Titouan‘s popularity is also probably a mix of the recent interest and revival of regional cultures in France: that of the Basque, Breton, Alsatian and Occitanian. This and several other Breton and Occitanian names appear in the French top 500.

As of 2010, Titouan was the 51st most popular male name in France.

An Occitanian feminine for is Titoana, and obscure French feminine form is Titouane.

Sufian

Gender: Masculine
Origin: Arabic
Meaning: debated
(SOOF-yahn)

The name could either be derived from the Arabic ṣafā (صَفا) meaning, “pure” or the Arabic,    ṣūf (صُوف), meaning, “wool.”

The name was borne by Abu Sufyan, originally a staunch opponent to the Prophet Mohammed, he later became a devout Muslim. It was also borne by Sufyan ath-Thawri ibn Said (716–778), a notable Islamic scholar who is credited for putting together many of the hadiths.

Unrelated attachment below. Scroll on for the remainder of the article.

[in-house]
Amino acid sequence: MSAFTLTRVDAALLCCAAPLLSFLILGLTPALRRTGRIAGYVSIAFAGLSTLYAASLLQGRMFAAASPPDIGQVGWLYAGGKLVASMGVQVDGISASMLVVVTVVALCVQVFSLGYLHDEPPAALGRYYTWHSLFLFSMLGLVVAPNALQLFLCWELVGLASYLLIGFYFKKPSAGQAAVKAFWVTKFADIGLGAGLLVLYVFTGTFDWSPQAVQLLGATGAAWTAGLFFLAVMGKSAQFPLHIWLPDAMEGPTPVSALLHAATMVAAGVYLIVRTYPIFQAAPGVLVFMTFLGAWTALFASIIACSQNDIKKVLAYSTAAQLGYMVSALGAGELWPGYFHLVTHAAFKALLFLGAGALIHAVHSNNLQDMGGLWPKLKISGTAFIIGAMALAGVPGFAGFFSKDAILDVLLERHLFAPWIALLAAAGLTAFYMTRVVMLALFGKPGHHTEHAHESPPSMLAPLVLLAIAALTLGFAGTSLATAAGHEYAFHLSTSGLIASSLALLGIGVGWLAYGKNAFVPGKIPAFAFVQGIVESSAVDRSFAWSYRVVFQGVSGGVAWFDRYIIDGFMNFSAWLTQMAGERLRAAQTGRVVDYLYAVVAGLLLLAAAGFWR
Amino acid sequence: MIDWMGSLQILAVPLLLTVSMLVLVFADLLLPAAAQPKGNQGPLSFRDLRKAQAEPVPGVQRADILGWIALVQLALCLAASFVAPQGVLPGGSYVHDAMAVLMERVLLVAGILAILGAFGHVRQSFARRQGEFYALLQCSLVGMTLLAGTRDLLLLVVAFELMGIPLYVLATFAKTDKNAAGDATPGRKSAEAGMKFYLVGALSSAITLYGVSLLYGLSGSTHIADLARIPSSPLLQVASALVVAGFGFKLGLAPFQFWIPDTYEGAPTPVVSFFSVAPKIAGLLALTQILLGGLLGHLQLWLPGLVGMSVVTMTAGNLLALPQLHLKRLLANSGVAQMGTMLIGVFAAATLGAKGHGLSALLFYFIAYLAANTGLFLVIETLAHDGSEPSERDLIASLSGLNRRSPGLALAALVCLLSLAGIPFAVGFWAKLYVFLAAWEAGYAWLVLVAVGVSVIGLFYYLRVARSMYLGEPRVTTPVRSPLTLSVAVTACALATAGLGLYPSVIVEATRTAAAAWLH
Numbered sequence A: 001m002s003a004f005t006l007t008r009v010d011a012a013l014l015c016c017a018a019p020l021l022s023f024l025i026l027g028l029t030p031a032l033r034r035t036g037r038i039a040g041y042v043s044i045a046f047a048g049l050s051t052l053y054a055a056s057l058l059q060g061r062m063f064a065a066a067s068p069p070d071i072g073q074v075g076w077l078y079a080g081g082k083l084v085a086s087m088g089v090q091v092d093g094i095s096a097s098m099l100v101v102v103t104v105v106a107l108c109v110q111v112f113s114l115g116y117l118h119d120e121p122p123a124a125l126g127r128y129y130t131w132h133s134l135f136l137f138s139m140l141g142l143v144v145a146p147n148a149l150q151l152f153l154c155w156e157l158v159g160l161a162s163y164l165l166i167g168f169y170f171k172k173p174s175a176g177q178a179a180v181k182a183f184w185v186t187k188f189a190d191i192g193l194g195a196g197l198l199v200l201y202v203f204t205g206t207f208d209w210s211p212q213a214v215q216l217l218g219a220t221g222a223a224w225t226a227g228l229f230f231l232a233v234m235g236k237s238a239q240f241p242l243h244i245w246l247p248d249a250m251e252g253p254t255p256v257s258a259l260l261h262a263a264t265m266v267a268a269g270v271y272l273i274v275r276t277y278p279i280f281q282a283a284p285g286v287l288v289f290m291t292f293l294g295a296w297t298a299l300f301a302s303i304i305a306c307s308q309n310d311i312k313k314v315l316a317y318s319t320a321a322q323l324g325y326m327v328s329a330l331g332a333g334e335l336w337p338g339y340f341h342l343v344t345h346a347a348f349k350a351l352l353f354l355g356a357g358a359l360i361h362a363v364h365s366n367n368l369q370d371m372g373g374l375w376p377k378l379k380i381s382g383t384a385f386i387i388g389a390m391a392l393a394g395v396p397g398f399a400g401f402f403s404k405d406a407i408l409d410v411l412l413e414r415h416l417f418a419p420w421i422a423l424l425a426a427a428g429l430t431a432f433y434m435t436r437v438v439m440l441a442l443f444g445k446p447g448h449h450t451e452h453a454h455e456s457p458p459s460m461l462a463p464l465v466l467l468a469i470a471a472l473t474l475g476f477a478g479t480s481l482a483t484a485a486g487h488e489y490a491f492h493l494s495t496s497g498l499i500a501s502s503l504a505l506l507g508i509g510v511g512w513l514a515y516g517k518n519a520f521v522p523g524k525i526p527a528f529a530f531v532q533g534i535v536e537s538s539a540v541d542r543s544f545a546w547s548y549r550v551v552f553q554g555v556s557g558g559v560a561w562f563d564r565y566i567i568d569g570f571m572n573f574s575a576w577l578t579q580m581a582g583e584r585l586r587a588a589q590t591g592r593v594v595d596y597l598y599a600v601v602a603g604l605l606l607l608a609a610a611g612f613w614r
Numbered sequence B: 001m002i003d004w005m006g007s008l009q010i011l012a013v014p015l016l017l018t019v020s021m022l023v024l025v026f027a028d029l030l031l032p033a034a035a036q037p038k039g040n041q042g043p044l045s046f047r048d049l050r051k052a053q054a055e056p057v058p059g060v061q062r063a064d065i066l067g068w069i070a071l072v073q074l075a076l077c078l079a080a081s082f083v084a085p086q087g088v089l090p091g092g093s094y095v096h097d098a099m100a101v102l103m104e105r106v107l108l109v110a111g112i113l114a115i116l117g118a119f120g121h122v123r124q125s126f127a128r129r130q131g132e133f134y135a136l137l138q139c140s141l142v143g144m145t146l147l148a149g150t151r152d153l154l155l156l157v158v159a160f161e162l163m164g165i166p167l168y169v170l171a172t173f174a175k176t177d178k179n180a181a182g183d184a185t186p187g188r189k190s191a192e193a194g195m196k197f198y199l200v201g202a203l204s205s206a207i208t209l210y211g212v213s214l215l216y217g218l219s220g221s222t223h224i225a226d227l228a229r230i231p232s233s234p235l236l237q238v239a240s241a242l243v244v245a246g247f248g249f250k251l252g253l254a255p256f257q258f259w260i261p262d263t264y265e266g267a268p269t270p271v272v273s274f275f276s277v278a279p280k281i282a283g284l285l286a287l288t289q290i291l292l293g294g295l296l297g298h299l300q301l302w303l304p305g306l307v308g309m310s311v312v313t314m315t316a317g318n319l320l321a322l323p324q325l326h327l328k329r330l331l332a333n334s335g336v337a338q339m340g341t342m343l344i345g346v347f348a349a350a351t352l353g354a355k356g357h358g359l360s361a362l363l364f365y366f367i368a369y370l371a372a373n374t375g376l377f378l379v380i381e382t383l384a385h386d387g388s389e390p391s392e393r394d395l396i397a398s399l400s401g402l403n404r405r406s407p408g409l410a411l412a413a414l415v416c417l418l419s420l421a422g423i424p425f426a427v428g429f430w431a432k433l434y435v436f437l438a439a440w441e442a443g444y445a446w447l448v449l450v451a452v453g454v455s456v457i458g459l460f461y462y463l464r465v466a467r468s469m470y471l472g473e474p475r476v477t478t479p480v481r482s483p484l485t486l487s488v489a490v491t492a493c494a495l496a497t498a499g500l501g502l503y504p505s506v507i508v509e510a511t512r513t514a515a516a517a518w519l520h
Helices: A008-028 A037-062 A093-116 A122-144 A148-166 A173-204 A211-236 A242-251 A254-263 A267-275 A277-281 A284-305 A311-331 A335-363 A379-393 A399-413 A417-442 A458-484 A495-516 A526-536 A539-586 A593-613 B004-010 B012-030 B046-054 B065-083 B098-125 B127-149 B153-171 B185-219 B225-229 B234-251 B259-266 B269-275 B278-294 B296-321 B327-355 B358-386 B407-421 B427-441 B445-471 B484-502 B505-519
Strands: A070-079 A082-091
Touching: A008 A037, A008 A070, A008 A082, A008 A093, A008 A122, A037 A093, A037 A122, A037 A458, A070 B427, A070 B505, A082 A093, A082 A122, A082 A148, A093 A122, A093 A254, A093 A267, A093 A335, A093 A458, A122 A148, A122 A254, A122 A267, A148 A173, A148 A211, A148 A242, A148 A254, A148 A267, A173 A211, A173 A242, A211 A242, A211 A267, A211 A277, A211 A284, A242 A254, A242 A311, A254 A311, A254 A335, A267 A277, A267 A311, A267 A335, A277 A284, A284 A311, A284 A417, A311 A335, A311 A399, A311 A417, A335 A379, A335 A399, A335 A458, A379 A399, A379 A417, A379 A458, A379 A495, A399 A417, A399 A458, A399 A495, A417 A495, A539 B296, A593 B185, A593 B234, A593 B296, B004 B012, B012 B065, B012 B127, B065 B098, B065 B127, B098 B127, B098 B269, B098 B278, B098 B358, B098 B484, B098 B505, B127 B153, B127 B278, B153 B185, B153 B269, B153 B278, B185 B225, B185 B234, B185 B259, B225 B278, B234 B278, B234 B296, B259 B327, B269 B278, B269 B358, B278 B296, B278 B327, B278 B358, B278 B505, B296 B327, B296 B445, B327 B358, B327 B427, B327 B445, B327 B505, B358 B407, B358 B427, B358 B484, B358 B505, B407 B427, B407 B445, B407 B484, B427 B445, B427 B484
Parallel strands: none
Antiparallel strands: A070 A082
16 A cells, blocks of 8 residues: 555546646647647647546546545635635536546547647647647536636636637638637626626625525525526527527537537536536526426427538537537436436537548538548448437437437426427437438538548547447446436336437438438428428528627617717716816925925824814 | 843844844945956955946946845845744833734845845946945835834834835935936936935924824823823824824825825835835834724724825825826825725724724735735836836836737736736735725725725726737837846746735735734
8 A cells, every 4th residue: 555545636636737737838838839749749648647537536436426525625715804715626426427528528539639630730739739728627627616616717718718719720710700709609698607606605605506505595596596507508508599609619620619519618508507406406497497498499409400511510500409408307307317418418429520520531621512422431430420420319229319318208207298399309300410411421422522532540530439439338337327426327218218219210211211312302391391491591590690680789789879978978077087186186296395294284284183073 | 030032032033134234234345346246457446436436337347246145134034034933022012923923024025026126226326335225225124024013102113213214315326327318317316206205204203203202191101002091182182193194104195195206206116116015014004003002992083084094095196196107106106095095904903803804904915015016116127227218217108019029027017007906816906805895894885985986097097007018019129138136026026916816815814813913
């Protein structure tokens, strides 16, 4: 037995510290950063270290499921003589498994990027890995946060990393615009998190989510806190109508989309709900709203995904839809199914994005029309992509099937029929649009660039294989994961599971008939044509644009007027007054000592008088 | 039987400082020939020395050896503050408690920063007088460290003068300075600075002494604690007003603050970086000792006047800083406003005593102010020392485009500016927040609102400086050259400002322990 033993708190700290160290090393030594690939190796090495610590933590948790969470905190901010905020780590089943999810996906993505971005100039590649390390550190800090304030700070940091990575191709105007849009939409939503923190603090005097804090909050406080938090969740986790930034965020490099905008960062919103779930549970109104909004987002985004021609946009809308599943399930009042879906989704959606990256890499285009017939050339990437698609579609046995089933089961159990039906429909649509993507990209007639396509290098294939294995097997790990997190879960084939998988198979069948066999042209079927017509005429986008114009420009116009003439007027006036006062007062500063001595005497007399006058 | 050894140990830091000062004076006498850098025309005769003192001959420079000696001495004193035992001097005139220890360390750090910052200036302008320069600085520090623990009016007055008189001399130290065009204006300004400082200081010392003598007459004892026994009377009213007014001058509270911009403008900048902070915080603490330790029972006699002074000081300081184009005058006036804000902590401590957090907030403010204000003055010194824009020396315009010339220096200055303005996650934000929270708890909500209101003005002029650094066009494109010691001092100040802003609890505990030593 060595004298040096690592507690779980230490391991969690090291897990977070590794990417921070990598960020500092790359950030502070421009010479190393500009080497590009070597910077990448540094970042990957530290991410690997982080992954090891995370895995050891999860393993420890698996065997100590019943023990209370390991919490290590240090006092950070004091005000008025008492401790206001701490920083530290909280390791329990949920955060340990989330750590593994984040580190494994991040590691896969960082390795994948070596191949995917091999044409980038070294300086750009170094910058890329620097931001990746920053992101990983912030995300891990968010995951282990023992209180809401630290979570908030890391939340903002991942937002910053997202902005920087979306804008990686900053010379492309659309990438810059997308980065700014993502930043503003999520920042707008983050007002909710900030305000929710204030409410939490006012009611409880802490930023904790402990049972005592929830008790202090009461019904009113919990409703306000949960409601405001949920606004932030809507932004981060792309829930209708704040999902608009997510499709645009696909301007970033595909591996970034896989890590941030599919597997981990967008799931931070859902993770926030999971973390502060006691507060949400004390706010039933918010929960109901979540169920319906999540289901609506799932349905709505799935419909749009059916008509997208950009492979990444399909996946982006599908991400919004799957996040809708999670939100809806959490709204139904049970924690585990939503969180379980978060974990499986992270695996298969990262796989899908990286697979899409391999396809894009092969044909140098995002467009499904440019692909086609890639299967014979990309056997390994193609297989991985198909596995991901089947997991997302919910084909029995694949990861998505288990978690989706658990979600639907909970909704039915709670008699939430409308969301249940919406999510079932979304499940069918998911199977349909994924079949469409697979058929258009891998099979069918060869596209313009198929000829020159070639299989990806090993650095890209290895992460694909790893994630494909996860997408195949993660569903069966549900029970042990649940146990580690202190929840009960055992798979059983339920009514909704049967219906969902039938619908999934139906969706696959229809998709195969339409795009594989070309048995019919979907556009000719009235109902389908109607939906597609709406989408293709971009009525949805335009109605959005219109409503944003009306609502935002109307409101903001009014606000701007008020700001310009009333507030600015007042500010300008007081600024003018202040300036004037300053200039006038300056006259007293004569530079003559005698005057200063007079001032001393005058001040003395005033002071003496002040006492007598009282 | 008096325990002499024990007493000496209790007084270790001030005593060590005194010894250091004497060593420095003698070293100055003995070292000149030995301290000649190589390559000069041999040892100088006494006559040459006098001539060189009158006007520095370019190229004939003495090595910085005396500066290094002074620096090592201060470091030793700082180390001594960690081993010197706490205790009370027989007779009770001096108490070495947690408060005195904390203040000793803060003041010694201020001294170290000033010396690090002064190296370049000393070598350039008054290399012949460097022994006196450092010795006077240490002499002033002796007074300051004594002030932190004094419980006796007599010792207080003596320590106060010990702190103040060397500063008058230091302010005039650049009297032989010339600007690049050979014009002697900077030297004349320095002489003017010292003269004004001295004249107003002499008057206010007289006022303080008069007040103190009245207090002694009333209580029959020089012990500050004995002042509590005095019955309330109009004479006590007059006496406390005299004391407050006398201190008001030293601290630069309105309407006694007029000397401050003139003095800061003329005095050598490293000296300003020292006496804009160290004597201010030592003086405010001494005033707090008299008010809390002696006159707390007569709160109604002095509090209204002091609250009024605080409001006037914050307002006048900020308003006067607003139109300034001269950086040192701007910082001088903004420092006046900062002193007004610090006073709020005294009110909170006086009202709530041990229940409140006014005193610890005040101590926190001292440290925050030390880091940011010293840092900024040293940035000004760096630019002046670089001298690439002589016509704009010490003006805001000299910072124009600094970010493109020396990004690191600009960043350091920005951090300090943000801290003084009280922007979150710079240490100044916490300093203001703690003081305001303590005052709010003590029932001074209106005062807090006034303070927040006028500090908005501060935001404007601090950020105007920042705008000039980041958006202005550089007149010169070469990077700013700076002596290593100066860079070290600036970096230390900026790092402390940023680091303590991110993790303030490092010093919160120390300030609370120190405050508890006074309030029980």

A modern notable bearer is American musician, Sufjan Stevens (b.1975).

As of 2010, its Maghrebin form of Sofiane was the 106th most popular male name in France.

Other forms of the name include:

  • Sufyan (Albanian/Arabic)
  • Sofiane (Algerian/Moroccan/Tunisian)
  • Sufian (Arabic/Persian)
  • Süfyan (Azeri/Kurdish/Turkish)
  • Sufjan Суфьян (Bosnian/Bulgarian/Central Asian)
  • Sufyaan (Somalian)

Sakina

Gender: Feminine
Origin: Arabic  سكينة Сакина
Meaning: “calm; peace; tranquility.”
(sah-KEE-nah)

The term sakina is derived from the Arabic, sukun, meaning, (calm; tranquility; serenity; peace of mind). The term appears in the Qu’ran as the name of an attribute that fell upon Mohammed and his followers from Allah when they entered Mecca unarmed.

Sakina shares the same etymological root with the Hebrew abstract feminine noun, shekinah שכינה‎, which means “dwelling; settling” but in Judaism is used to describe the presence of God in the world.